The Financial Times and its journalism are subject to a self-regulation regime under the FT Editorial Code of Practice.
April 12, 2013 6:21 pm
After 15 minutes gazing at a new retrospective by Sam Szafran, I am close to vertigo. In the Piranesian interiors that are the hallmark of the Parisian artist, the recurring motif is the staircase: a perilous flight of steps that spirals through Escher-like roomscapes, plunges towards banks of Delaunay-bright colours and hurtles past windows gazing out on to undulating rooftops. Mostly, the stairs are drafted with a clarity that belies their hallucinatory peregrinations, but occasionally they are reduced to the ghosts of their banisters; single lines that skim and stutter across the surface in a gesture that is both abstract and figurative, chaotic and controlled.
I am also dizzy with astonishment that the creator of such bravura work is still so little-known.
“Sam doesn’t care about fame,” says Daniel Marchesseau, who has curated – quite superbly – the exhibition at the Pierre Gianadda Foundation in Martigny, Switzerland. “Also he has had a challenging life. And he stayed faithful to the figure when it was not fashionable.”
To be fair, a handful of connoisseurs have long championed Szafran. Léonard Gianadda, founder of the institution hosting the current show, came across his work in 1994. The Swiss collector, who owns pieces by Rodin, Chagall and Henry Moore, was visiting the Metropolitan Museum for an exhibition of the outstanding collection of modernist paintings assembled by Natasha and Jacques Gelman.
“Sam was one of only four artists still alive in the exhibition,” recalls Gianadda, when I speak to him at Szafran’s opening. “The other three were Francis Bacon, Balthus and François Rouan.” Among those present at Szafran’s inauguration are Countess Balthus, hedge-fund titan and art patron Emmanuel Roman and the French sculptress Roseline Granet, who has supported Szafran since his early days when he was, quite literally, starving in his studio.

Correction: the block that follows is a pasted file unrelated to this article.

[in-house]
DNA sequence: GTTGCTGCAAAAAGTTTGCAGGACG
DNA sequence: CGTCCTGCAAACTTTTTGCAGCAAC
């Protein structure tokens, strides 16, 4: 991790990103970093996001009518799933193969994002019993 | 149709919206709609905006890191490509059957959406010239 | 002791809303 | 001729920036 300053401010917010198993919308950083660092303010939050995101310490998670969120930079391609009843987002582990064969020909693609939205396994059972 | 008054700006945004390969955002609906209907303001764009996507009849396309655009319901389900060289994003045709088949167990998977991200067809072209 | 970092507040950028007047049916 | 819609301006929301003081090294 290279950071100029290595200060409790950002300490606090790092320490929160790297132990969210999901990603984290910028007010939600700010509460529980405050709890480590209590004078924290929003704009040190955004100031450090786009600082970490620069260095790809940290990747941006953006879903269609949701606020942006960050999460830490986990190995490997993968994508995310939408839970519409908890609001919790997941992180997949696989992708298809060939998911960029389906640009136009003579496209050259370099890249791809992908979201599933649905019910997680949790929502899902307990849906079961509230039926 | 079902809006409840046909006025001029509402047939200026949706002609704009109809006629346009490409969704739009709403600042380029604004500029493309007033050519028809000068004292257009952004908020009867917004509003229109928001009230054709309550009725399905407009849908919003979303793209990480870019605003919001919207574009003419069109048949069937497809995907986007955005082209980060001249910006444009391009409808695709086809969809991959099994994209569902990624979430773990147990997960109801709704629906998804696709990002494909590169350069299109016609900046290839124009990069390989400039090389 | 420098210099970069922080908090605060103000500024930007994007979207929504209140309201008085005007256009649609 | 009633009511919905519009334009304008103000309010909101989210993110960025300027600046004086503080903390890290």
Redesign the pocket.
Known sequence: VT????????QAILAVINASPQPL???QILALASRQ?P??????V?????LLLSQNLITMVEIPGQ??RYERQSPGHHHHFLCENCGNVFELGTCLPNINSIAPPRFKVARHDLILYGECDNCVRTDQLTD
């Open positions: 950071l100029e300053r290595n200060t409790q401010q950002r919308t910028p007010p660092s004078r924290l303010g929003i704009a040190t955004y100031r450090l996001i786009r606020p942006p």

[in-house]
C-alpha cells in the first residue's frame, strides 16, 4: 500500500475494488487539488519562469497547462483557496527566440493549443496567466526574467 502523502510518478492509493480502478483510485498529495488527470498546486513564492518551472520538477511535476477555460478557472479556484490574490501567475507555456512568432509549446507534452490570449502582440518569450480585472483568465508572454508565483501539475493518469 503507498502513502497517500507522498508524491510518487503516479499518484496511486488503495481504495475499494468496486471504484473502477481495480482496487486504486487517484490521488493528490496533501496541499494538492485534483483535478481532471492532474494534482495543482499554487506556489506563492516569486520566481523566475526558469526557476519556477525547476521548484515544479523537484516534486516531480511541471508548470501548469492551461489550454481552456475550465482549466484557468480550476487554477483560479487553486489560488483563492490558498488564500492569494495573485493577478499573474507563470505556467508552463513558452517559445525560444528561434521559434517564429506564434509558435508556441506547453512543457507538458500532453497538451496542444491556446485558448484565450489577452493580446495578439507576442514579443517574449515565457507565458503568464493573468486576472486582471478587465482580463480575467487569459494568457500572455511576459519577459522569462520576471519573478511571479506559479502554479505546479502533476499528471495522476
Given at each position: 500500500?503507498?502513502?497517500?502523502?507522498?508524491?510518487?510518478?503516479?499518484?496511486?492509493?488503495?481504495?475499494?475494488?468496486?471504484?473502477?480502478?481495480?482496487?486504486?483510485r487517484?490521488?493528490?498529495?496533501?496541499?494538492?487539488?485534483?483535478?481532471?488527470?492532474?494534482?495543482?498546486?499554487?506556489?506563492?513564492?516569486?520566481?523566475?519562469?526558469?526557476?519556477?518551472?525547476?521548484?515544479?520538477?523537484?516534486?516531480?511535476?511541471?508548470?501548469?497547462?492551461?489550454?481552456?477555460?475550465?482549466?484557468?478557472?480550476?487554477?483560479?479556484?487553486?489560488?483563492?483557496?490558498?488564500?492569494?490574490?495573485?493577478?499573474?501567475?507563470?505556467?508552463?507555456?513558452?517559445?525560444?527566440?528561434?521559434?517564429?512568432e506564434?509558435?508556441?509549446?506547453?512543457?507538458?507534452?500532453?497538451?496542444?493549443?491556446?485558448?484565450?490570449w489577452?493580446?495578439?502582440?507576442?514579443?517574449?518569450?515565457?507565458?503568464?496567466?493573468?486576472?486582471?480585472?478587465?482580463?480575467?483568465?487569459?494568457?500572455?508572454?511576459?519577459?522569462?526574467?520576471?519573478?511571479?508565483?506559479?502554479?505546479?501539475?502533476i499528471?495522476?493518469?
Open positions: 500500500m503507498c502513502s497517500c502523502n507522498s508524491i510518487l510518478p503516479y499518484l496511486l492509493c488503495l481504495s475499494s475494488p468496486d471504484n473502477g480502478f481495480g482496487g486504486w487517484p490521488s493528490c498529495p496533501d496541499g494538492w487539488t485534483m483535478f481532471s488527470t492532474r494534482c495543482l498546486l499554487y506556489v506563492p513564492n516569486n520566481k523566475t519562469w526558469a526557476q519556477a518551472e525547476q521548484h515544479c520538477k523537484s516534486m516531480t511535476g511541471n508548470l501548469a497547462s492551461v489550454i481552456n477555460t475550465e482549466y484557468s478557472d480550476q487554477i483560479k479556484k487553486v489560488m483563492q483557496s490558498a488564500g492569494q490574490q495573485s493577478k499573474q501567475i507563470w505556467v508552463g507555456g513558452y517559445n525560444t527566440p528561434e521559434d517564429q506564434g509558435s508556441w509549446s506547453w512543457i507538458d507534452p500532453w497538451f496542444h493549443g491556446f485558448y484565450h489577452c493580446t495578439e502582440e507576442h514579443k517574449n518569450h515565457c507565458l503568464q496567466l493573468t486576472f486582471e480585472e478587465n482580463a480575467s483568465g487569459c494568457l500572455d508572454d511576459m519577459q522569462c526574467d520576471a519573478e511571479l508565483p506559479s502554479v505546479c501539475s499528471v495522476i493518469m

“When the stomach is yelling, you can’t work,” rasps Szafran himself, when we talk earlier that afternoon in the dining room of a nearby hotel. In navy shirt and black leather jacket, cigarettes and red wine never far from his hands’ graceful gesticulations, he cuts a louche yet rugged figure. Gazing about him with eyes of a visionary yet expressing himself with candour, he narrates a life story that is both astonishing and profoundly moving.
Born in Paris in 1934 to a family of Polish émigré Jews, Szafran and his family were all but destroyed by the second world war. His father, a tailor, died in Auschwitz; his aunt, who fought in the French Resistance, was fatally tortured by the Gestapo; Szafran barely escaped deportation himself. “From the age of seven, I lost my innocence,” he recalls, his translucent blue eyes intense with memory. “I was hunted like an animal by the Germans. It has never left me.”
To hide him, Szafran’s mother consigned him to his uncle, a sadistic character who used to hang the little boy from the stairwell.
Yet even without the horror, it’s unlikely that mundanity would have prevailed. Always rebellious, Szafran would skip school to go to the movies, where his heroes included Hitchcock and Orson Welles. “My artistic education is cinema,” he asserts. “Everything I do is a cut.” Indeed, it is easy to imagine James Stewart or Tippi Hedren running desperately through his reeling, unstable spaces.
From an early age he copied Walt Disney cartoons. Then, as puberty hit – he recalls with a phlegm-filled laugh – he took to capturing the pin-up girls of Peruvian artist Alberto Vargas. By then he was in Australia, where he had settled briefly with his mother after the war. The sojourn was responsible not only for his flawless English (and his Melbourne accent) but also for his first forays into museums, where he was mesmerised by the apocalyptic fantasies of 19th-century British painters such as Richard Dadd and John Martin.
In the early 1950s, he returned to Paris. “I was a delinquent,” he whispers of an epoch that saw him steal cars and battle a heroin addiction. A series of dead-end jobs included courier for American Express – “I tried to deliver the post naked one day so I lost that job” – and bathing corpses mutilated by traffic accidents in the morgue. (He thinks the trauma of this work contributed to his problem with drugs).
Often he had no money for food – let alone artistic materials – yet he kept working. “I knew that either I could go to jail for the rest of my life or become an artist,” he recalls. Early works suggest that the outcome was never in doubt. Rhinoceroses outlined with precision, yet painted with soaked-in skins of colour, seem to emerge out of the surface itself. By the 1960s he had turned to still-lifes of vegetables: ecstatic, blowsy orgies of florid roots and floppy leaves in mineral hues of jade, amethyst and ochre.